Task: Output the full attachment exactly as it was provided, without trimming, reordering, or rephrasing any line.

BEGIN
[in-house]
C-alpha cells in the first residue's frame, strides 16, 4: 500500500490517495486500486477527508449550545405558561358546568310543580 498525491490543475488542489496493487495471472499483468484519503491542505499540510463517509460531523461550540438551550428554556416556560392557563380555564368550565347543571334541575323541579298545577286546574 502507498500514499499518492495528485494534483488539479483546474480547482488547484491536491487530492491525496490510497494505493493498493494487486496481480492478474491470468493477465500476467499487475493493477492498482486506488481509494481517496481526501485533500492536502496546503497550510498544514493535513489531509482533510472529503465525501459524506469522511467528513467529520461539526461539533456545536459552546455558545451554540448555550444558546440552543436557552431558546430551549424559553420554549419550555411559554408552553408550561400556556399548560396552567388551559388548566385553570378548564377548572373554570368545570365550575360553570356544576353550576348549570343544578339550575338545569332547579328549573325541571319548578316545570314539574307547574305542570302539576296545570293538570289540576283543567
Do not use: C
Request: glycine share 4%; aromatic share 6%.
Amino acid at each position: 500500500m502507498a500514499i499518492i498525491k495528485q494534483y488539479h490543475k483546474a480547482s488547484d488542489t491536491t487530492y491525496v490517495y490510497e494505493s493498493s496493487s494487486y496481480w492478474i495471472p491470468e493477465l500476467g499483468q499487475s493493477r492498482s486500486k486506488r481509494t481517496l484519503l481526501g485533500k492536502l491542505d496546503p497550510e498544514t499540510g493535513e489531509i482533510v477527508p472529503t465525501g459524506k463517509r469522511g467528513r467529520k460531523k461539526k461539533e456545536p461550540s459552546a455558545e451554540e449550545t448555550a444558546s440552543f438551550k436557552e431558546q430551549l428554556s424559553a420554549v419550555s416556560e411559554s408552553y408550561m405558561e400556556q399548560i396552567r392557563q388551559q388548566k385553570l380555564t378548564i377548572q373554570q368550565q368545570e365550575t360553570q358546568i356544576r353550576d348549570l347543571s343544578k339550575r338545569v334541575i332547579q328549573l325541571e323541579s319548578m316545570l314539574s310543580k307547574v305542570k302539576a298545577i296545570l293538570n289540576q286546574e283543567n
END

[in-house]
C-alpha cells in the first residue's frame, strides 16, 4: 500500500490517495486500486477527508449550545405558561358546568310543580 498525491490543475488542489496493487495471472499483468484519503491542505499540510463517509460531523461550540438551550428554556416556560392557563380555564368550565347543571334541575323541579298545577286546574 502507498500514499499518492495528485494534483488539479483546474480547482488547484491536491487530492491525496490510497494505493493498493494487486496481480492478474491470468493477465500476467499487475493493477492498482486506488481509494481517496481526501485533500492536502496546503497550510498544514493535513489531509482533510472529503465525501459524506469522511467528513467529520461539526461539533456545536459552546455558545451554540448555550444558546440552543436557552431558546430551549424559553420554549419550555411559554408552553408550561400556556399548560396552567388551559388548566385553570378548564377548572373554570368545570365550575360553570356544576353550576348549570343544578339550575338545569332547579328549573325541571319548578316545570314539574307547574305542570302539576296545570293538570289540576283543567
Do not use: C
Request: glycine share 4%; aromatic share 6%.
Amino acid at each position: 500500500m502507498a500514499i499518492i498525491k495528485q494534483y488539479h490543475k483546474a480547482s488547484d488542489t491536491t487530492y491525496v490517495y490510497e494505493s493498493s496493487s494487486y496481480w492478474i495471472p491470468e493477465l500476467g499483468q499487475s493493477r492498482s486500486k486506488r481509494t481517496l484519503l481526501g485533500k492536502l491542505d496546503p497550510e498544514t499540510g493535513e489531509i482533510v477527508p472529503t465525501g459524506k463517509r469522511g467528513r467529520k460531523k461539526k461539533e456545536p461550540s459552546a455558545e451554540e449550545t448555550a444558546s440552543f438551550k436557552e431558546q430551549l428554556s424559553a420554549v419550555s416556560e411559554s408552553y408550561m405558561e400556556q399548560i396552567r392557563q388551559q388548566k385553570l380555564t378548564i377548572q373554570q368550565q368545570e365550575t360553570q358546568i356544576r353550576d348549570l347543571s343544578k339550575r338545569v334541575i332547579q328549573l325541571e323541579s319548578m316545570l314539574s310543580k307547574v305542570k302539576a298545577i296545570l293538570n289540576q286546574e283543567n